By bringing together resources from across its Member and Co-operating States, ECMWF serves its community by providing world-leading weather forecasts, specialist software, and the largest meteorological data archive in the world.
ECMWF collaborates with the meteorological community at large, including the World Meteorological Organization, space agencies and academia around the world.
We collaborate closely with our Member and Co-operating States to develop our modelling capabilities, design new products, and evaluate and diagnose forecast quality.
Areas of focus:
- Improving how we use observations and how they are processed
- Monitoring satellite data and using it in data assimilation
- Non-hydrostatic dynamical cores
- Physical process modelling
- Extended-range prediction
- Multi-model ensembles
- Atmospheric composition
- Verification methods for severe weather
- Predictability and sources of forecast error
- Earth-system modelling (atmosphere, land, ocean and cryosphere)
- Applications of weather forecasts in various sectors
We support researchers in the Member States in their wider use of ECMWF’s forecasts and resources, and strive to strengthen the already good collaboration with the academic community.
ECMWF is a key part of the European Meteorological Infrastructure (EUMETNET, EUMETSAT, ECMWF), which combines resources and capabilities to support national meteorological services with their official duties. With EUMETNET, the particular emphasis is on the EUCOS observing system, which we monitor and for which we carry out global observing system experiments. We seek synergies between our work on global reanalysis and the work at EUMETNET on regional reanalysis.
Short-range forecasts (for a few hours to a few days in the future) rely on very high-resolution limited‑area models run by the national meteorological services, often using boundary condition data from ECMWF. Through the SRNWP project, we support co-operation between organisations developing short-range numerical weather prediction models. Such models are mainly developed as co-operative projects under three large European consortia (ALADIN, HIRLAM and COSMO) and by the UK Met Office (as part of the Unified Model).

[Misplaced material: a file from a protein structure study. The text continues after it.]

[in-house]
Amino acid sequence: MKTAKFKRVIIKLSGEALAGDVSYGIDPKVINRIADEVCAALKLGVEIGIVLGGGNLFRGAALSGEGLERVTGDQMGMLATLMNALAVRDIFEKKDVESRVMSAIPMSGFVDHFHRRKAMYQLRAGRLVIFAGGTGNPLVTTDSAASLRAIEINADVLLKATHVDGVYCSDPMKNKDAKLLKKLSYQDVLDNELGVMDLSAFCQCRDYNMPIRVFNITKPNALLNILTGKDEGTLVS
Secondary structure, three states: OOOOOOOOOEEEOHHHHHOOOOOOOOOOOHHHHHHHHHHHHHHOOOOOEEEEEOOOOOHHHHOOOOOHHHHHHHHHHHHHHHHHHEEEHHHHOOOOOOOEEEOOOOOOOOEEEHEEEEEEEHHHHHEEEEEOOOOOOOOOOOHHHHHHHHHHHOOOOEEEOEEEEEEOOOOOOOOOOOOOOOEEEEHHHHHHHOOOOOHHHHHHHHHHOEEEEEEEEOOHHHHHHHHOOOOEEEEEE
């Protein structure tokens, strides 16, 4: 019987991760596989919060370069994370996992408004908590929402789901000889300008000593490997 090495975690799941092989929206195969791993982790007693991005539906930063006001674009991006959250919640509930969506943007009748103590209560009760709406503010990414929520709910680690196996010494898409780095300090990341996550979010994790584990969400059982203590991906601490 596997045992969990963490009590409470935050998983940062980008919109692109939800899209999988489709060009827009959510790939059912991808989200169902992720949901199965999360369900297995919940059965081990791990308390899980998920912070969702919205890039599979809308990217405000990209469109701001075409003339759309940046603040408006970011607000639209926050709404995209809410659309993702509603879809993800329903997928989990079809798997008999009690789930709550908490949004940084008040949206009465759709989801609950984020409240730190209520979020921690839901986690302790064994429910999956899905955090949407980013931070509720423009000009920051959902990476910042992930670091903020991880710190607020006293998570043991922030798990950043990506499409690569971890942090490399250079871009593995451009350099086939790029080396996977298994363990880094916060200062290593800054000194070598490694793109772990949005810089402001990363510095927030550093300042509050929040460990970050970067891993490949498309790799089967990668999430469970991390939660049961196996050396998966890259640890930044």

Assisting the World Meteorological Organization (WMO) is one of ECMWF’s founding objectives and holds an important place in the Centre’s current ten-year Strategy to 2025, with an explicit commitment to support training and capacity building in WMO Member States. This partnership ranges from providing essential data to WMO Members free of charge to supporting fellowships and projects to improve severe weather forecasting in developing countries.
ECMWF has had a formal co-operation agreement with the WMO since 1975.
Most of our information about the current weather now comes from satellites. Our long-standing partnerships with space agencies, especially with EUMETSAT and ESA, are crucial for us to benefit fully from satellite data. In return, we provide valuable feedback on the quality of the instruments and regular reports on their impact on global NWP. We have formal co-operation agreements with EUMETSAT, ESA, the China Meteorological Administration (CMA), INPE and NOAA.
We also maintain strong scientific and technical co-operation with agencies in the United States (notably NASA, NOAA, and the Department of Defense) and Japan (JMA and JAXA).
ECMWF works with the European Commission in a variety of ways.
ECMWF operates the Copernicus Atmosphere Monitoring Service (CAMS) and the Copernicus Climate Change Service (C3S) on behalf of the European Union. It is the computational centre of the European Flood Awareness System (EFAS), a component of the Copernicus Emergency Management Service (CEMS), which is managed by the Joint Research Centre (JRC) of the European Commission ( co-operation agreement with JRC). ECMWF is also the computational centre for the Copernicus Emergency Management Service – Fire. The Centre provides fire danger calculations from high-resolution and ensemble forecasts up to 15 days ahead on a daily basis.
ECMWF receives funding from the EU's Framework Programme (H2020) for a number of projects. ECMWF currently coordinates the CHE project, exploring the development of a European system to monitor anthropogenic carbon dioxide (CO2) emissions across the world, and the ESCAPE-2 project, which is part of ECMWF's Scalability Programme. In addition, we are co-coordinating the ESiWACE2 project with the German Climate Computing Centre (DKRZ).
ECMWF is a partner in many more projects, which today constitute a significant fraction of the Centre's research activities.